The 4.3L We All Know So WellThursday, August 1, 2013
By: John Gelsimino Jr. of All Industrial Engine Service
It is hard to run a service department in 2010 without encountering a GM 4.3L engine. The 4.3L goes way back and has come in many different variations. It has found itself powering Toyota’s, Caterpillar’s, Hyster’s, Yale’s, Clark’s, Hoist’s, Royals, and many other brands of industrial equipment. Vortec, non-vortec, balanced, non-balanced, 4-bolt / 6-bolt intakes, aluminum oil pan or steel? So many differences that it’ll make your eyeballs pop out. Ever have a truck with a broken starter bolt – how much fun is that? We have already done an article on the different variations – but we now have another member of the GM 4.3L family. The following will outline this new engine model which we will all soon become familiar.
At All Industrial Engine we refer to it as the late model aluminum. The first finding of this engine was when a customer had a problem with his motor mounts not fitting on a brand new GM 4.3L engine. Although he didn’t buy the new engine from us he called in to see if we have heard about this problem. He also said that his crank sensor wouldn’t fit. I asked him to email digital pictures and to my surprise the pictures revealed a 4.3L with an aluminum front cover. The rest was history – another new GM 4.3 version was born into the family.
My good friend John Despard from Yale Carolina – Bluff City, who loves to spend his free time identifying the differences in 4.3L’s, was the first customer to have us build the late model aluminum. Assembly was rather impressed with the changes. One assembler commented “GM fixed the problems that the other version had – they didn’t change anything stupid.” Hats off to GM even though I’m not a big fan of Government Motors.
The most significant changes were:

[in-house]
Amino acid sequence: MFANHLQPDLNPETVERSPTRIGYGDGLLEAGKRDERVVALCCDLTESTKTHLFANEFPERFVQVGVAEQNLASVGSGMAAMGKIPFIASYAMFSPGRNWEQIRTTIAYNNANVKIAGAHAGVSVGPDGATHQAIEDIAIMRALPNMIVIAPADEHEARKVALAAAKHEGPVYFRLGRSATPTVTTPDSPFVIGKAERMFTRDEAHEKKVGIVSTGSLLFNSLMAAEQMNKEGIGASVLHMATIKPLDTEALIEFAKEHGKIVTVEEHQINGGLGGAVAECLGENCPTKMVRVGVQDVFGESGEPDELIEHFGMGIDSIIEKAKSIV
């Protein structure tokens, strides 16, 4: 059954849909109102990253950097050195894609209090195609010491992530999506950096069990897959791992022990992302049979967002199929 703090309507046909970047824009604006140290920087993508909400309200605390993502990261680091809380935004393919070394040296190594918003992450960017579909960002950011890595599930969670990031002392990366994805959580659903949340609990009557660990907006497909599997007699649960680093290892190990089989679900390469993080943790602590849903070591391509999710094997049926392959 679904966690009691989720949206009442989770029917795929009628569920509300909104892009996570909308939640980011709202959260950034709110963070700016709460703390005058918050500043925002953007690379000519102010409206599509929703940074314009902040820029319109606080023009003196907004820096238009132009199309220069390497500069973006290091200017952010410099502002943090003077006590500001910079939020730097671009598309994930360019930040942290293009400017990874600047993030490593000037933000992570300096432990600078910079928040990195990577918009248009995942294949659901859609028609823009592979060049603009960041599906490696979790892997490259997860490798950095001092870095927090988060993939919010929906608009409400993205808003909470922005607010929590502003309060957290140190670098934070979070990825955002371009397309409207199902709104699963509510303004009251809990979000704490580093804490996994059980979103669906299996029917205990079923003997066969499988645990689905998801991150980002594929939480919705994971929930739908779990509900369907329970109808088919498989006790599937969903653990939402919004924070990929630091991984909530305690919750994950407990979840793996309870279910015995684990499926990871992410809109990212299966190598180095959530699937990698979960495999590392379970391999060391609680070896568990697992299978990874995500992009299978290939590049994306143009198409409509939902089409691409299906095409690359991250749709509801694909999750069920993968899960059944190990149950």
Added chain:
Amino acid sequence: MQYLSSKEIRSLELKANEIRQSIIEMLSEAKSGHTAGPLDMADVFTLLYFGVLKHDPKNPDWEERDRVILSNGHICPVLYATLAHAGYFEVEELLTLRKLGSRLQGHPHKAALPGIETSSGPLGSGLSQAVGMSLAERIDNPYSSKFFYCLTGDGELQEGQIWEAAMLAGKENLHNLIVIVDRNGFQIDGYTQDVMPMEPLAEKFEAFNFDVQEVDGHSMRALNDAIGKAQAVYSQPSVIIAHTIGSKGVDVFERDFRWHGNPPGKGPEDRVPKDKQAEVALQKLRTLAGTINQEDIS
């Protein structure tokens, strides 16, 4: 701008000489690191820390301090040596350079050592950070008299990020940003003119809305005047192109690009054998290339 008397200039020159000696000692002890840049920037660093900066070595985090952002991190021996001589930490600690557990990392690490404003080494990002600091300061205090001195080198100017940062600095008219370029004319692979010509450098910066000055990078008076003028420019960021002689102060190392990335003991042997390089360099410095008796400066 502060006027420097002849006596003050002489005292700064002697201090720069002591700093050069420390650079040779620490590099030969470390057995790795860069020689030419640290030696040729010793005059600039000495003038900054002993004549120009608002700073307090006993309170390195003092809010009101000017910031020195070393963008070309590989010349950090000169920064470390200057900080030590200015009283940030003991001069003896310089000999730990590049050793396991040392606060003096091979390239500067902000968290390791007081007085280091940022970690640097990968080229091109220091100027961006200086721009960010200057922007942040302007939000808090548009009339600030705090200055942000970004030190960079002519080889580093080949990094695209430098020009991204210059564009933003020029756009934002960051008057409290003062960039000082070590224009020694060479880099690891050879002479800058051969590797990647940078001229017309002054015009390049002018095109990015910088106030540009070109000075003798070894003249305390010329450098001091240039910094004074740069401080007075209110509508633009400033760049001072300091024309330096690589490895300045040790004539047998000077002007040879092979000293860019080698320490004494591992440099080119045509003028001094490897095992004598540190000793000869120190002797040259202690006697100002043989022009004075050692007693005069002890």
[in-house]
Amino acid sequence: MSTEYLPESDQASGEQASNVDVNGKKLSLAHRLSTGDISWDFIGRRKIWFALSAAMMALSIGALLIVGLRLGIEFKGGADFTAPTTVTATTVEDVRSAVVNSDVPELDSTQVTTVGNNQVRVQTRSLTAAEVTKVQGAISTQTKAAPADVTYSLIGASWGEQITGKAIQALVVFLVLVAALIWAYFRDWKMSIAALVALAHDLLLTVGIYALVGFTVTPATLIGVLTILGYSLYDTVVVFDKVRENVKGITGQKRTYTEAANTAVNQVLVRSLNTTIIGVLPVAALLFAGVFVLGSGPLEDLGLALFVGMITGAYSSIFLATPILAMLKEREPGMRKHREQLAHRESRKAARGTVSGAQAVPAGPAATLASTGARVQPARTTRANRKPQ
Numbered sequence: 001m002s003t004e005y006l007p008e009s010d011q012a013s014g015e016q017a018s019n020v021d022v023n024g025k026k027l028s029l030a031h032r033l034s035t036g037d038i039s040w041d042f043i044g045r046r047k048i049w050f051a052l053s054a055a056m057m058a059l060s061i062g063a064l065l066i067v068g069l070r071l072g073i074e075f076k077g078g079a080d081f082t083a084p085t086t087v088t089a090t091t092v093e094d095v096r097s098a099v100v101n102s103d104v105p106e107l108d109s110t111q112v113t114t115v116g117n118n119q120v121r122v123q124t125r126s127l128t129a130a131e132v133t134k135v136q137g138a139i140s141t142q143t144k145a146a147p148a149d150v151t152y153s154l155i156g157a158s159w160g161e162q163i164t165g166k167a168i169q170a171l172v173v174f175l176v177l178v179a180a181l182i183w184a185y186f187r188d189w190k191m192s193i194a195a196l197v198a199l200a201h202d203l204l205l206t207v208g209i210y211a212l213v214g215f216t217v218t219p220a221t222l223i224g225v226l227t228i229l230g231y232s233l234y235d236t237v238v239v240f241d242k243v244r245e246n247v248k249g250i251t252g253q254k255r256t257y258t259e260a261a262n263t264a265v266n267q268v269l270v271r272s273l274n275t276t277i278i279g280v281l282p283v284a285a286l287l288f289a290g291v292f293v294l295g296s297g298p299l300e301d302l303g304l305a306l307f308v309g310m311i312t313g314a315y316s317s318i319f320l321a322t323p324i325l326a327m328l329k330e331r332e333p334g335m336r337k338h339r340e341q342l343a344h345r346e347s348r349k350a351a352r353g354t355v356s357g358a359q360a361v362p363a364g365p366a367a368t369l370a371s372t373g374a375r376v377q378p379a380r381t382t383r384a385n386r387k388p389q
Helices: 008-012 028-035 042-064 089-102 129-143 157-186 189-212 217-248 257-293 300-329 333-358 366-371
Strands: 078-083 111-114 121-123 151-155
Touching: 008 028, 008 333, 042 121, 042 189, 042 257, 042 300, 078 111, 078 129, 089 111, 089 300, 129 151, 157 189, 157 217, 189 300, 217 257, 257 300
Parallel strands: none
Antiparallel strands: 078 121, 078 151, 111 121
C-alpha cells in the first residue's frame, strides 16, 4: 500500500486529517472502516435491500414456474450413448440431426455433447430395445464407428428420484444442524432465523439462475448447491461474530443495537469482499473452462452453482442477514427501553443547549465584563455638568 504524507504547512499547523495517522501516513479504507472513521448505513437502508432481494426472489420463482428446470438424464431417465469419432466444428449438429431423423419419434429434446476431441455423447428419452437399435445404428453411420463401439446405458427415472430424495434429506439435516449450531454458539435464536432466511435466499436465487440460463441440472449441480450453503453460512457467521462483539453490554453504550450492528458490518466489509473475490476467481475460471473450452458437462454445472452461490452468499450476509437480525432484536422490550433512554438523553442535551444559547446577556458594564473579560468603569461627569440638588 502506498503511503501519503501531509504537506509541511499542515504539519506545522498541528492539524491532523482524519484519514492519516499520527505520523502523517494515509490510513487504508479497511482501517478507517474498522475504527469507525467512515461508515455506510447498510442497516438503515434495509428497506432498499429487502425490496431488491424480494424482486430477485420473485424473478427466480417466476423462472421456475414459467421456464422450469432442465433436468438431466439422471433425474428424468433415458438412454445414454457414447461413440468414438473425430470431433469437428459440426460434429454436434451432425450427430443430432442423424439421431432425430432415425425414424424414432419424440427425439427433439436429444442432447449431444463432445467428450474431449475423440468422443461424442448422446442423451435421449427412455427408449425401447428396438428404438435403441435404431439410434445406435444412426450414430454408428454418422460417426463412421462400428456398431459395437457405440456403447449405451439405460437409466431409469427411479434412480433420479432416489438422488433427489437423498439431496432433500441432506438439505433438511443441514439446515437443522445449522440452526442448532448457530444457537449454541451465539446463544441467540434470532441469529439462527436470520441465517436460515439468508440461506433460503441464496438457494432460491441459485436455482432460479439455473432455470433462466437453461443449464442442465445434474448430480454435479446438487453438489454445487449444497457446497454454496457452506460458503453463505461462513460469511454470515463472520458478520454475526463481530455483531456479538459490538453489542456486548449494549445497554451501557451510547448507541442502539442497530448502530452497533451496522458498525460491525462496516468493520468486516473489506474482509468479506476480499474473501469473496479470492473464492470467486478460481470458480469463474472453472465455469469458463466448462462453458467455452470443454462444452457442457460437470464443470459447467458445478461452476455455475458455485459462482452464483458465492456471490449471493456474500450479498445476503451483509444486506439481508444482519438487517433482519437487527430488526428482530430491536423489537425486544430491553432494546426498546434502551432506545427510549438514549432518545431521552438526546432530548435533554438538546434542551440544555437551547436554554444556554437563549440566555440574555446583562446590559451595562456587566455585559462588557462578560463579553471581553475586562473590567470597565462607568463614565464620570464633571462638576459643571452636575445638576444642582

- Engine block – casting #234
- Front cover assembly
- Oil pan and gasket
- Narrow roller rockers
- Crank sensor, cam gear and
- reluctor wheel
So what’s the easiest way to identify this version? Check for the aluminum cover but use caution – the aluminum front cover may be painted black which can throw you off. You can purchase a crank sensor modification kit that will allow a new engine to run with the old style crank sensor but not vice versa. If you replace the standard vortec with the late model aluminum your future parts purchases on items like the oil pan gasket and crank sensor will not be correct if you go by the model and serial number of the equipment.
It also appears that the late model aluminum engines are being configured with the starter that bolts to the bell housing. This is a superior setup considering all of the broken starter bolt holes that we see on 4.3L engine blocks. Although it doesn’t pertain to the new style 4.3L I thought I would review the issues with the broken starter mount holes to try to help anyone currently battling this for the first time. Here are some bullet points to remember:
- Cracked blocks are very difficult to repair – cut your losses and replace the block immediately. We’ve seen this movie before – trust us - it ends by replacing the block.
- Make sure you use the correct bolts for your block. It can either use 3/8” or 10mm bolts. The wrong bolts will screw in but will wobble and break the block for sure.
- 4.3L starter bolts are not just any old GM starter bolt that you would get from Napa. There are different lengths and too long of a bolt will break out the entire side.
- If you have a customer with a GM 4.3L and the truck hasn’t had a starter support installed – recommend installing one as it can save you and your customer money in the long run.
If you are aware of the issues ahead of time you can take precautions to prevent this from happening in your service department. If you’re PM’ing the customer’s fleet and your tech’s have been replacing starters the customer will blame the dealership for the broken block. It doesn’t matter that this is a weak point with the engine - it will become your problem and it will cost you money.
It is good to be aware of new products as they come to market. We do our best to always keep you informed. If you have any questions regarding this article or any other Tech Talk article please feel free to give us a call at 877/303-LIFT (5438) or email at email@example.com. As always, stay tuned to future helpful Tech Talk articles!